Gaming has grown beyond a group of hardcore players to more casual and diverse players who would not classify themselves as gamers. To what do you attribute this?

To be blunt, the fact that we as an industry finally woke up and pulled our heads out of our asses. Men, women, young, old… All played games during the golden age during the early ‘80s, when titles were fun, simple and spoke to every background and interest. It wasn’t until the mid-‘80s, when the mostly geeky 18-34 year-old Caucasian male-dominated business started to focus inward and more on making games for others like themselves that these audiences turned away en masse. Don’t get me wrong: I like Left 4 Dead and Gears of War as much as the next guy. But is it really such a mystery why casual games are finally starting to draw women, seniors and other audiences back in any volume?

Beyond this, even those of us who consider ourselves hardcore gamers and grew up with a joystick in hand have had to grow along with the industry. Just as we’ve changed, so too have our gaming habits. Once upon a time, we were all 15 and had 60 hours a week to devote to slaying dragons or rescuing the princess. But when you become a grown adult and working professional, let alone one with a family or business of your own, it’s hard to find as much time – or justify the investment. I’d love to do a speed run through God of War III or Heavy Rain. But sometimes, between a shrieking kid, neglected wife and irate boss, you have to settle for 15 minutes of Dragon’s Lair on the iPhone.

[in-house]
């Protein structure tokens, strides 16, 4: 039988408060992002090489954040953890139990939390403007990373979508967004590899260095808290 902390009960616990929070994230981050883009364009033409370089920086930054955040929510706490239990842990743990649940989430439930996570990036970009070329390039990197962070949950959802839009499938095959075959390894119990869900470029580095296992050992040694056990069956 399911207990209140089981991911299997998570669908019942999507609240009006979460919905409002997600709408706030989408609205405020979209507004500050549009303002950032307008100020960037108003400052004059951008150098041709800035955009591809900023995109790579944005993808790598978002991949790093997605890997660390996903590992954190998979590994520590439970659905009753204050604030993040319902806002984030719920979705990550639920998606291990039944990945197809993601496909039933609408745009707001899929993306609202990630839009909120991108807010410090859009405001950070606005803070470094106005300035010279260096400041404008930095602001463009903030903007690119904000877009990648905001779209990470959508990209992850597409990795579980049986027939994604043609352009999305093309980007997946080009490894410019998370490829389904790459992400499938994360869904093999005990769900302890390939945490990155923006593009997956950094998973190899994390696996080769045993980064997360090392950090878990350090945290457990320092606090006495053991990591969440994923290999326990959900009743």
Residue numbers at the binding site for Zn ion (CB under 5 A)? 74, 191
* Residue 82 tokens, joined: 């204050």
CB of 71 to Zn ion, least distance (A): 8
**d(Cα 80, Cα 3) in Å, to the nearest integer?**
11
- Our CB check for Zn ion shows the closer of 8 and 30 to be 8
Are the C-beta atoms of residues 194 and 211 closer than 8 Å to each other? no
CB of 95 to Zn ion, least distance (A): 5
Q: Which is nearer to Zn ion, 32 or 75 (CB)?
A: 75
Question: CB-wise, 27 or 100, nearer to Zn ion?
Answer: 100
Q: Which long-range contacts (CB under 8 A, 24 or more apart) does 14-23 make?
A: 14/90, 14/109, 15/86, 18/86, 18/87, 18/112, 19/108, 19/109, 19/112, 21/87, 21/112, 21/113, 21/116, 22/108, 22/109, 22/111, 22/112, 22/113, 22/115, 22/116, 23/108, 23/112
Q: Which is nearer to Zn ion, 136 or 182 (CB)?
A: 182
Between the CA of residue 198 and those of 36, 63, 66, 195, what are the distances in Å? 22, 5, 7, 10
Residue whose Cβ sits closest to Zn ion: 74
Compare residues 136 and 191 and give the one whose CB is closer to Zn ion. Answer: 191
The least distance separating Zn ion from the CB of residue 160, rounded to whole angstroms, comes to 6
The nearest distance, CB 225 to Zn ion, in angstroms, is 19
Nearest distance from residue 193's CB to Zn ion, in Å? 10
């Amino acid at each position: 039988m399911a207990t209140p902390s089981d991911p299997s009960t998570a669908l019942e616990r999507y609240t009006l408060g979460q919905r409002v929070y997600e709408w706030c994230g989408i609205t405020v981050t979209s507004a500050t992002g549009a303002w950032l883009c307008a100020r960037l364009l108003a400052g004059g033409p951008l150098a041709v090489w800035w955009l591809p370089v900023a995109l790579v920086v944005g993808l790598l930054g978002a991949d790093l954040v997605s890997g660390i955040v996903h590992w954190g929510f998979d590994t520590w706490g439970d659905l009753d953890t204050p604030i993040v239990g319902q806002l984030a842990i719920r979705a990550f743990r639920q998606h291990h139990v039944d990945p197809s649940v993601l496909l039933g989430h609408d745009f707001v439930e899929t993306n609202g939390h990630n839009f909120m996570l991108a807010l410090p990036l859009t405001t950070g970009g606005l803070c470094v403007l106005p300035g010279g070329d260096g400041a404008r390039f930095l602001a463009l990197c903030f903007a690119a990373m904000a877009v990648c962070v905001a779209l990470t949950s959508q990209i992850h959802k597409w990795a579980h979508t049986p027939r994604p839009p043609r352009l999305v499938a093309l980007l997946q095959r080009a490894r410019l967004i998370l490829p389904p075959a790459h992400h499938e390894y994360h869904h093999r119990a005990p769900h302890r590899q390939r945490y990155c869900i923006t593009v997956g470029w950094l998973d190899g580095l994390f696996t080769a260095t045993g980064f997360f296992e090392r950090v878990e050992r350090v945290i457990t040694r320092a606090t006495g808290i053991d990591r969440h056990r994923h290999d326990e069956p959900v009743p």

What do you think are the greatest challenges facing the gaming industry and what can be done about it?

Ignorance and fear, to be frank. In terms of ignorance, while gaming has become more prevalent in pop culture, it still bears an unwholesome stigma in certain circles (the halls of political power, certain mainstream media outlets, etc.), and many times continues to unfairly be labeled a mindless activity for children with little redeeming social or intellectual value. Not that we’re doing much to help matters – despite the average age of today’s gamer being 32, many of the field’s most successful magazines and TV shows continue to treat the audience like it’s composed solely of nerdy teens. And fear in that for too long, even the most successful development studios and publishers have clung to old ways of doing business while the world around them has rapidly evolved, and continues to do so with each passing day. It’s the reason we saw so many studios folding in recent months. To wit, change must happen if our field is to ever grow and mature into an art form that reaches the same heights as film, music or literature. And instead of shying away from addressing the various issues and problems which continue to plague our business from both a cultural and commercial standpoint, it’s high time we stood up and did something about them.